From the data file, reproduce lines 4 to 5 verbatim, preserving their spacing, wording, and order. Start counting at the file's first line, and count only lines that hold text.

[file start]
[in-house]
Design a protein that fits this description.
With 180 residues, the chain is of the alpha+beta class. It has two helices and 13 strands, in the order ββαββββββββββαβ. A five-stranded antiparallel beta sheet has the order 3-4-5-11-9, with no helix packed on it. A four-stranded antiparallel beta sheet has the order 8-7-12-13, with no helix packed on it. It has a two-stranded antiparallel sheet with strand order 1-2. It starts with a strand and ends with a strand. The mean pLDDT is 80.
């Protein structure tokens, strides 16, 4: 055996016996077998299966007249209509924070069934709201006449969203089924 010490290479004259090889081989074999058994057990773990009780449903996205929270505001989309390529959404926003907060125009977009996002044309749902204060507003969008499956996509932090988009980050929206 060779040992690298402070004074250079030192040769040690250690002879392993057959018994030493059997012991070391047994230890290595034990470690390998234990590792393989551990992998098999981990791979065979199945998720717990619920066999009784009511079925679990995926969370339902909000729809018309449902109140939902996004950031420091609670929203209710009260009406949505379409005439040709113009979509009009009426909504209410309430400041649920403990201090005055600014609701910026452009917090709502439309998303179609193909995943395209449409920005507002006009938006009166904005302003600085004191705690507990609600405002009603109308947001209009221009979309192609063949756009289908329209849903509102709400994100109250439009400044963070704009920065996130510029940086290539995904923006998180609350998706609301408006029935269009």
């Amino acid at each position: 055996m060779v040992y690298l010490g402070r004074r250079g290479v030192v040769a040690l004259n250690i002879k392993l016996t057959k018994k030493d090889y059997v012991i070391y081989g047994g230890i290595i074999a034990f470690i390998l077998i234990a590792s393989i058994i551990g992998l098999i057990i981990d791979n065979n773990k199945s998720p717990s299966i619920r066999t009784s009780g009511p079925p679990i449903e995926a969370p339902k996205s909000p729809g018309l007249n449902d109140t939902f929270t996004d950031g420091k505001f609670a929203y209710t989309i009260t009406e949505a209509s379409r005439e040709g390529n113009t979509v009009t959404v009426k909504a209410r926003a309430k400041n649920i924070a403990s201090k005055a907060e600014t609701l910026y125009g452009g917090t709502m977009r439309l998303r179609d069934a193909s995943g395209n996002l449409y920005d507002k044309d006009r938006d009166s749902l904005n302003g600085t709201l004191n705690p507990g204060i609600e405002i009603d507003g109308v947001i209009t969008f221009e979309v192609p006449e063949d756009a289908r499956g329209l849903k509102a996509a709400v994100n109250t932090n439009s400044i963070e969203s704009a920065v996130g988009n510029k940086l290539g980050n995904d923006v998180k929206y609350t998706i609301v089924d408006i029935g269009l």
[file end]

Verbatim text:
């Protein structure tokens, strides 16, 4: 055996016996077998299966007249209509924070069934709201006449969203089924 010490290479004259090889081989074999058994057990773990009780449903996205929270505001989309390529959404926003907060125009977009996002044309749902204060507003969008499956996509932090988009980050929206 060779040992690298402070004074250079030192040769040690250690002879392993057959018994030493059997012991070391047994230890290595034990470690390998234990590792393989551990992998098999981990791979065979199945998720717990619920066999009784009511079925679990995926969370339902909000729809018309449902109140939902996004950031420091609670929203209710009260009406949505379409005439040709113009979509009009009426909504209410309430400041649920403990201090005055600014609701910026452009917090709502439309998303179609193909995943395209449409920005507002006009938006009166904005302003600085004191705690507990609600405002009603109308947001209009221009979309192609063949756009289908329209849903509102709400994100109250439009400044963070704009920065996130510029940086290539995904923006998180609350998706609301408006029935269009």
């Amino acid at each position: 055996m060779v040992y690298l010490g402070r004074r250079g290479v030192v040769a040690l004259n250690i002879k392993l016996t057959k018994k030493d090889y059997v012991i070391y081989g047994g230890i290595i074999a034990f470690i390998l077998i234990a590792s393989i058994i551990g992998l098999i057990i981990d791979n065979n773990k199945s998720p717990s299966i619920r066999t009784s009780g009511p079925p679990i449903e995926a969370p339902k996205s909000p729809g018309l007249n449902d109140t939902f929270t996004d950031g420091k505001f609670a929203y209710t989309i009260t009406e949505a209509s379409r005439e040709g390529n113009t979509v009009t959404v009426k909504a209410r926003a309430k400041n649920i924070a403990s201090k005055a907060e600014t609701l910026y125009g452009g917090t709502m977009r439309l998303r179609d069934a193909s995943g395209n996002l449409y920005d507002k044309d006009r938006d009166s749902l904005n302003g600085t709201l004191n705690p507990g204060i609600e405002i009603d507003g109308v947001i209009t969008f221009e979309v192609p006449e063949d756009a289908r499956g329209l849903k509102a996509a709400v994100n109250t932090n439009s400044i963070e969203s704009a920065v996130g988009n510029k940086l290539g980050n995904d923006v998180k929206y609350t998706i609301v089924d408006i029935g269009l």